News:

Artworks Looted by Nazis Contribute to Record-Breaking Auction

1970
1945
Deutsch Welle 9 November 2006

It was a night of record-breaking prices, restituted Nazi-looted artworks and controversial removals at auction house Christie's fall sale of Impressionist and modern art in New York on Wednesday night.

Generating a total of $491.5 million (383.5 million euros), the auction was dominated by four Nazi-looted works by Gustav Klimt restored to their rightful heirs that raked in nearly $200 million, and one restituted Ernst Ludwig Kirchner which sold for almost double the asking price.

Maria Altmann, the niece of the Austrian couple Adele and Ferdinand Bloch-Bauer who lost the Klimts to the Nazis in World War II, raised a total of $192.7 million from the sale of the four paintings, a staggering sum she will share with her children and grandchildren.

The four Klimt paintings, led by the portrait "Adele Bloch-Bauer II" which itself set a record as the third-highest auction sale ever at $88 million, were sold at almost twice as much as had been offered for them on the open market.

Relative of rightful owners hope for paintings to go public

Altmann told reporters that she hoped at least some of the Klimts would end up on museum walls or at other publicly accessible display. "My family and I are delighted to see these treasured paintings find new homes," she said in a statement after the sale in which she called the restitution "a landmark case." Altmann added that she hoped the new owners would "build on the tradition of appreciation" her aunt and uncle had maintained.

Christie's President Marc Porter said the staggering prices paid for the Klimts showed how important the restitution issue was in the art world. Often looted works like those on show at Christies are returned in pristine condition and generate huge demand due their previous unavailability on the open market. Many have hung in museums and galleries since the 1940s, Porter added.

The sale of the Klimts was evidence that "putting reasonable estimates on works that are fresh to the market is just paying off in unimaginable ways," Porter told reporters.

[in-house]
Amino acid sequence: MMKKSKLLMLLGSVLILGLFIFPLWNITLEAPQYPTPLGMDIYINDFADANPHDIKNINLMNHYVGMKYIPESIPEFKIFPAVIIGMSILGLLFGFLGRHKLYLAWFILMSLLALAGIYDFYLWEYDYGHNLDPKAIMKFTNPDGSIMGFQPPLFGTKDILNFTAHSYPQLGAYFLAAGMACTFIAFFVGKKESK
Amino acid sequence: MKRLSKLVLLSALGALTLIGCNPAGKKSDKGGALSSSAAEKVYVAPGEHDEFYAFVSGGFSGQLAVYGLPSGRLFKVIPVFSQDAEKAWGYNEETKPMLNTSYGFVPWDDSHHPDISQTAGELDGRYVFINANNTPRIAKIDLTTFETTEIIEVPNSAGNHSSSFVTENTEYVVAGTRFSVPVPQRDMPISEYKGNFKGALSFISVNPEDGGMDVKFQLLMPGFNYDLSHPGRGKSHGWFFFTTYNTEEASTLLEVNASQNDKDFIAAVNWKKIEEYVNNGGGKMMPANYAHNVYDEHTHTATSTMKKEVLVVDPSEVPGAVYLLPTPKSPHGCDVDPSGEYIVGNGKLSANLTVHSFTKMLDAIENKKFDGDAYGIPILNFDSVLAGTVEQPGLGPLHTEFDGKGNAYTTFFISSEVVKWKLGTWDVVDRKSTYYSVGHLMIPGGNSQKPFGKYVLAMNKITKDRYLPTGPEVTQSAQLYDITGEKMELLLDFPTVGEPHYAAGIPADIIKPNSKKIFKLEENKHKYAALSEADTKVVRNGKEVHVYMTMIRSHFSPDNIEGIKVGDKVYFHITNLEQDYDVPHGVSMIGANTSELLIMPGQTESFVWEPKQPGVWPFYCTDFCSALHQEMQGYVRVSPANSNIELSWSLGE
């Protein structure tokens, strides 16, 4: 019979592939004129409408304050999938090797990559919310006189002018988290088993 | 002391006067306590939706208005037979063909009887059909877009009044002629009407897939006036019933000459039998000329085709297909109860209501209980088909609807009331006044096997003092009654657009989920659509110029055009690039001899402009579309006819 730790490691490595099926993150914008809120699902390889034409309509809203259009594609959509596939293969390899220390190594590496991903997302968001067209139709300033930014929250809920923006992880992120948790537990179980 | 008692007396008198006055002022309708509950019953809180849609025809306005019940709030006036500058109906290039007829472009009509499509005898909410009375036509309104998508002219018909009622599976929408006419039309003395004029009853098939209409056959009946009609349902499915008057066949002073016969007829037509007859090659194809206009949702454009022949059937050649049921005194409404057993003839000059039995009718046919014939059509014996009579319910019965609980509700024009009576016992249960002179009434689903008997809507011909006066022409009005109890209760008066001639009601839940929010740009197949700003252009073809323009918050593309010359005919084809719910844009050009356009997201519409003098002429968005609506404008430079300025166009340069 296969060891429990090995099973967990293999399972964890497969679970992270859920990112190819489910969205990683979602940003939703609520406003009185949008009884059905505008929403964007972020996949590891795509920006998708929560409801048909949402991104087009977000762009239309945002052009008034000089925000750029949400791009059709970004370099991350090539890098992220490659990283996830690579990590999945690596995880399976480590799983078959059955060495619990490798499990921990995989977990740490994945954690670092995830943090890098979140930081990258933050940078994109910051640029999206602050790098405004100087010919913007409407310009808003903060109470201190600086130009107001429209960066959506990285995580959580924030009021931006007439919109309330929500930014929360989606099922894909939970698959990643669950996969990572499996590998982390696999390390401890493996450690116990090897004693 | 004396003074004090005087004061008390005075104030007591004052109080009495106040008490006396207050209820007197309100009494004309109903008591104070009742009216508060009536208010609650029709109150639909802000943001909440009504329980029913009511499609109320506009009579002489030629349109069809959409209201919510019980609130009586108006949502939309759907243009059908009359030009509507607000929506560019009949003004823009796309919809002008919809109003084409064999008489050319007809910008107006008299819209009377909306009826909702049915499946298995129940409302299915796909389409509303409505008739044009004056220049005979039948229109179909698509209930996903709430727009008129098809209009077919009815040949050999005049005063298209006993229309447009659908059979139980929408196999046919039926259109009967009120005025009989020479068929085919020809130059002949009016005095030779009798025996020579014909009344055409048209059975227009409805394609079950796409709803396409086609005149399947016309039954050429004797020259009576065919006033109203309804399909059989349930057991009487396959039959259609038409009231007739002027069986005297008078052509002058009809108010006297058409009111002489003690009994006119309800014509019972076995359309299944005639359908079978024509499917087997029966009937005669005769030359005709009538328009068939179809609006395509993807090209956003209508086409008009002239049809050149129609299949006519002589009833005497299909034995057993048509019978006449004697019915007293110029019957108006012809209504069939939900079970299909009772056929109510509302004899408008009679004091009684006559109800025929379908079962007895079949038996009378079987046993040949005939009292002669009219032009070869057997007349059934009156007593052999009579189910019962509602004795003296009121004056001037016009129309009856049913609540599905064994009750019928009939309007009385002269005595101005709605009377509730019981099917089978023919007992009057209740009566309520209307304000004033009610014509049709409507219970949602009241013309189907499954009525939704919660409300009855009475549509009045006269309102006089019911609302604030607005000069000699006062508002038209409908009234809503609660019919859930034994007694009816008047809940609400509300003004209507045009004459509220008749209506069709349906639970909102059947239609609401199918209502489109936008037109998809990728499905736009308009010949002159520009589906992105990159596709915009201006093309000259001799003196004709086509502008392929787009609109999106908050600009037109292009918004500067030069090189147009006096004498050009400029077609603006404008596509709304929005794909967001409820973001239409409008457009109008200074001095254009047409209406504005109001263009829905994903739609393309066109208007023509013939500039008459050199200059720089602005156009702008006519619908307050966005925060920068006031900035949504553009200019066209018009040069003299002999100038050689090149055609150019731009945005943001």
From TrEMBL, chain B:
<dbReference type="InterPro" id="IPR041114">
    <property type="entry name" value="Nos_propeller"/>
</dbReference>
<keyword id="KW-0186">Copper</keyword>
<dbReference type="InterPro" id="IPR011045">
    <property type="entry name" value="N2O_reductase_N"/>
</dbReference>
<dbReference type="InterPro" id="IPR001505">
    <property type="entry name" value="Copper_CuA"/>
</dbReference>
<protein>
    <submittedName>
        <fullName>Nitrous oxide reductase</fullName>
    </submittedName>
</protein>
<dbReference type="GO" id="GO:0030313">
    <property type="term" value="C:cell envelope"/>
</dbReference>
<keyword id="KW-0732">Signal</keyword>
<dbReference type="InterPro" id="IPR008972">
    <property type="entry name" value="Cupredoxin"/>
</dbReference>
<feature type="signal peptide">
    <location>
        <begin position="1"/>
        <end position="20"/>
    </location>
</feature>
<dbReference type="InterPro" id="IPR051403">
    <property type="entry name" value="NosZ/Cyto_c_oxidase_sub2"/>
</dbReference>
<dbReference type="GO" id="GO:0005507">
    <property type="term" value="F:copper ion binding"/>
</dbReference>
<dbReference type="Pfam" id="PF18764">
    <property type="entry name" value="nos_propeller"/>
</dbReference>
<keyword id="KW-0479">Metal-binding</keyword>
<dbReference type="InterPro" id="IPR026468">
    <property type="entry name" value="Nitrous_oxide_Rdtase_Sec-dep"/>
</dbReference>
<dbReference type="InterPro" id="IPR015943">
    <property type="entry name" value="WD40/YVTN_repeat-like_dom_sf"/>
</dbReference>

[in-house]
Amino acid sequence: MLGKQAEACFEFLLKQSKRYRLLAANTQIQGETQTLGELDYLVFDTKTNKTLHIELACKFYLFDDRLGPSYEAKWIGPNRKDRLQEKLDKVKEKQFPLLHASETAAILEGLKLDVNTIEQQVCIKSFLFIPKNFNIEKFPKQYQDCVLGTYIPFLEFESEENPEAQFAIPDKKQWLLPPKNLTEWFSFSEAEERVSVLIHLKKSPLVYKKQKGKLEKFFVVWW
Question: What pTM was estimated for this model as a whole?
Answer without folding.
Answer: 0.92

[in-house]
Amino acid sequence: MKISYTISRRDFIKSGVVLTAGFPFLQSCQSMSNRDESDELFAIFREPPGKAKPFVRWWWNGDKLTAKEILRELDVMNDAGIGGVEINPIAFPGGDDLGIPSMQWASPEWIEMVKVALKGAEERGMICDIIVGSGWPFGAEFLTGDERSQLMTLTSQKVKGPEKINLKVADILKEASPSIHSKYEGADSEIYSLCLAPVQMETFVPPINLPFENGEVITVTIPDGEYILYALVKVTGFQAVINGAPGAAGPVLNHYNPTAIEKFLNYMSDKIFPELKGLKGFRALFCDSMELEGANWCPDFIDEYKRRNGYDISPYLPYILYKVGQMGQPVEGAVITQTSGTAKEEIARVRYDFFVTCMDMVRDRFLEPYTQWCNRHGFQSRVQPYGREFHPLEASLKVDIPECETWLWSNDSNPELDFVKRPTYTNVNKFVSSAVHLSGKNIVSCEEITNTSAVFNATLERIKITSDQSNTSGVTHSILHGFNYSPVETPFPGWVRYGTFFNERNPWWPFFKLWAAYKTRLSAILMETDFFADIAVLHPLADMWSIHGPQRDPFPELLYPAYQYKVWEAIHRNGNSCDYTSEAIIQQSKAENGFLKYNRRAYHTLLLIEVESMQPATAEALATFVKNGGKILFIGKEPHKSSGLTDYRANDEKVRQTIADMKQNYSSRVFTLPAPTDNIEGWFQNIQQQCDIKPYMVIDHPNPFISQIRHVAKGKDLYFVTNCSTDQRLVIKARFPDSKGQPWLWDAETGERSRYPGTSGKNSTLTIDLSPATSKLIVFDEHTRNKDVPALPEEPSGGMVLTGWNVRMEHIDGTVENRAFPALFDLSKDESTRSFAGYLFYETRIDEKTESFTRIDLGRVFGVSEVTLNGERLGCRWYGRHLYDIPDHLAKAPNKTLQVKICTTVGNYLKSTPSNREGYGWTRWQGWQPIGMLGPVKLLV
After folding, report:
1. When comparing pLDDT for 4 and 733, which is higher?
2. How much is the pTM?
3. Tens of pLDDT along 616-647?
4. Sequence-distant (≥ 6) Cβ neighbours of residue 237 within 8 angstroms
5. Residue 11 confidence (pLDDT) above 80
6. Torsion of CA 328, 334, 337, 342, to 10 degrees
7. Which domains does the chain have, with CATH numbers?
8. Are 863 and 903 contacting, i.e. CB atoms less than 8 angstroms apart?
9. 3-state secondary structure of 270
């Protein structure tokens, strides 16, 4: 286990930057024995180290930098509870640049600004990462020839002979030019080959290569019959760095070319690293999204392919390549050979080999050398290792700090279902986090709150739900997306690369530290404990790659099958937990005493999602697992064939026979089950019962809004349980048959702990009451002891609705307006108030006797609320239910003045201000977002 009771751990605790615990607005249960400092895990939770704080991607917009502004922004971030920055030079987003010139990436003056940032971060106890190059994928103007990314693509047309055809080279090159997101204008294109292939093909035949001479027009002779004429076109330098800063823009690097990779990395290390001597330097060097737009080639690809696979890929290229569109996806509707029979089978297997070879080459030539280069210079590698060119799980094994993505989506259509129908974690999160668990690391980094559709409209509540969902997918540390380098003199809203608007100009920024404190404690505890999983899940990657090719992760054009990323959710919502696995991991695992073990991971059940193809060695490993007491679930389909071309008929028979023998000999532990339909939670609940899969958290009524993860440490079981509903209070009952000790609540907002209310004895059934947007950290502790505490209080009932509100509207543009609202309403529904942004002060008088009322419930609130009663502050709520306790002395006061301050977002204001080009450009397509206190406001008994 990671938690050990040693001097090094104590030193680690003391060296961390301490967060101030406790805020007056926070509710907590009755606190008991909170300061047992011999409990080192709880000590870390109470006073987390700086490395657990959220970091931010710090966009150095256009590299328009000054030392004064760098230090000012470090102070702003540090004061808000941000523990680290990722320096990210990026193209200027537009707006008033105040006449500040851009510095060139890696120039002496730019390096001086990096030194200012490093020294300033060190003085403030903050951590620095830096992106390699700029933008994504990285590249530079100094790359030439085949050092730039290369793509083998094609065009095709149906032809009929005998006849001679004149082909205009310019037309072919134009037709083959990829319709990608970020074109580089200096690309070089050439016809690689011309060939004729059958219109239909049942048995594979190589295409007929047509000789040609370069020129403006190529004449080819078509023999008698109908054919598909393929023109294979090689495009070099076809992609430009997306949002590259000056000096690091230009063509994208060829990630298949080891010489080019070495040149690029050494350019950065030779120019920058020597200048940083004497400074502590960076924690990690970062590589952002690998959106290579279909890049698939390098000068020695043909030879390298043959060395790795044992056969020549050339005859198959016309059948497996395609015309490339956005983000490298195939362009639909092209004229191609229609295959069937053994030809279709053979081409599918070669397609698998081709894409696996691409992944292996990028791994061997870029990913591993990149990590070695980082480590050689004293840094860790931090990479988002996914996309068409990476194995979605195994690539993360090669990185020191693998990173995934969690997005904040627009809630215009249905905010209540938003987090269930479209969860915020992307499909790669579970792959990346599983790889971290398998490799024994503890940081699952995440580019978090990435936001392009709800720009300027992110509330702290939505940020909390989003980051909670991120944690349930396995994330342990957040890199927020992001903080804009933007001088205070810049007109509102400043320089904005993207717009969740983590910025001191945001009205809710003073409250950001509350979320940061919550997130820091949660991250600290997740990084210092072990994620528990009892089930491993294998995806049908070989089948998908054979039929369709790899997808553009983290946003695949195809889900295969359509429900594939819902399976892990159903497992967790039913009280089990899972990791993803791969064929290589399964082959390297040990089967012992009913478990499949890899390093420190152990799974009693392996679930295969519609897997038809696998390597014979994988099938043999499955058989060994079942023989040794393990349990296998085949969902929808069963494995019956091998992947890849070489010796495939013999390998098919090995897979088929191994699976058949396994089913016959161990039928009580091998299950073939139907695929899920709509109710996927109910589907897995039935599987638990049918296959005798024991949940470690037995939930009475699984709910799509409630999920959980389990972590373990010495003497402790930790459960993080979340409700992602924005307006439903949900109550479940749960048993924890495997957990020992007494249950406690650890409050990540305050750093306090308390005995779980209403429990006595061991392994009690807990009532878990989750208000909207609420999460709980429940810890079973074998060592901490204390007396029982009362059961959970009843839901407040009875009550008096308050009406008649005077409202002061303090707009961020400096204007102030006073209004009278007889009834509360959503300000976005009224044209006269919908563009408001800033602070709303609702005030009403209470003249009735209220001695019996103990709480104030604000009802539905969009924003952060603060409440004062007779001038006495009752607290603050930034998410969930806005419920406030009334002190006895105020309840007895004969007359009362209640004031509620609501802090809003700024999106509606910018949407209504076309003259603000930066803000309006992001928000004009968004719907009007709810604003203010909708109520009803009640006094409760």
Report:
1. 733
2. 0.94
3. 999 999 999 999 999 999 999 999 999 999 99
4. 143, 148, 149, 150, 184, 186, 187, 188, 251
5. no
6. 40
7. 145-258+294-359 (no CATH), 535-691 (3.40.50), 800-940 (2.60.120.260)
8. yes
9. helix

Kirchner's "Berlin Street Scene", another Nazi-looted work restituted to the rightful heirs, rocketed to a price of $38.1 million, making it the sale's fourth-highest priced work and contributed to the auction's billing as the biggest in history.

"The results were completely phenomenal, and beyond our wildest expectations," said Christopher Burge, Christie's honorary chairman and the sale's auctioneer. "Everything, at every level. It was just extraordinary across the board. I've never seen a sale like this."

As well as record-breaking prices and the allure of art appropriated during the Third Reich, the auction had a taste of the controversial when one of the star lots, Picasso's $50 million Blue Period portrait of Angel Fernandez do Soto, was pulled by British composer Sir Andrew Lloyd Webber after an 11th-hour claim and litigation over its rightful title.

Lloyd Webber decided not to sell the 1903 Picasso which has been owned by the Andrew Lloyd Webber Art Foundation since 1995 after Julius Schöps, an ancestor of Berlin banker Paul von Mendelssohn-Bartholdy, alleged that his relative was forced to sell the work at well below its true value under Nazi oppression in 1934.

A New York judge dismissed Schöps' court challenge on Tuesday, but Christie's said further legal maneuvers had forced it to withdraw the portrait from the sale shortly before the auction.

But auction officials said they were confident they could resolve the matter in "short order" and would be able to sell it on behalf of Lloyd Webber's foundation as planned. The proceeds had been earmarked for an unknown charity.

http://www.dw-world.de/dw/article/0,2144,2231569,00.html
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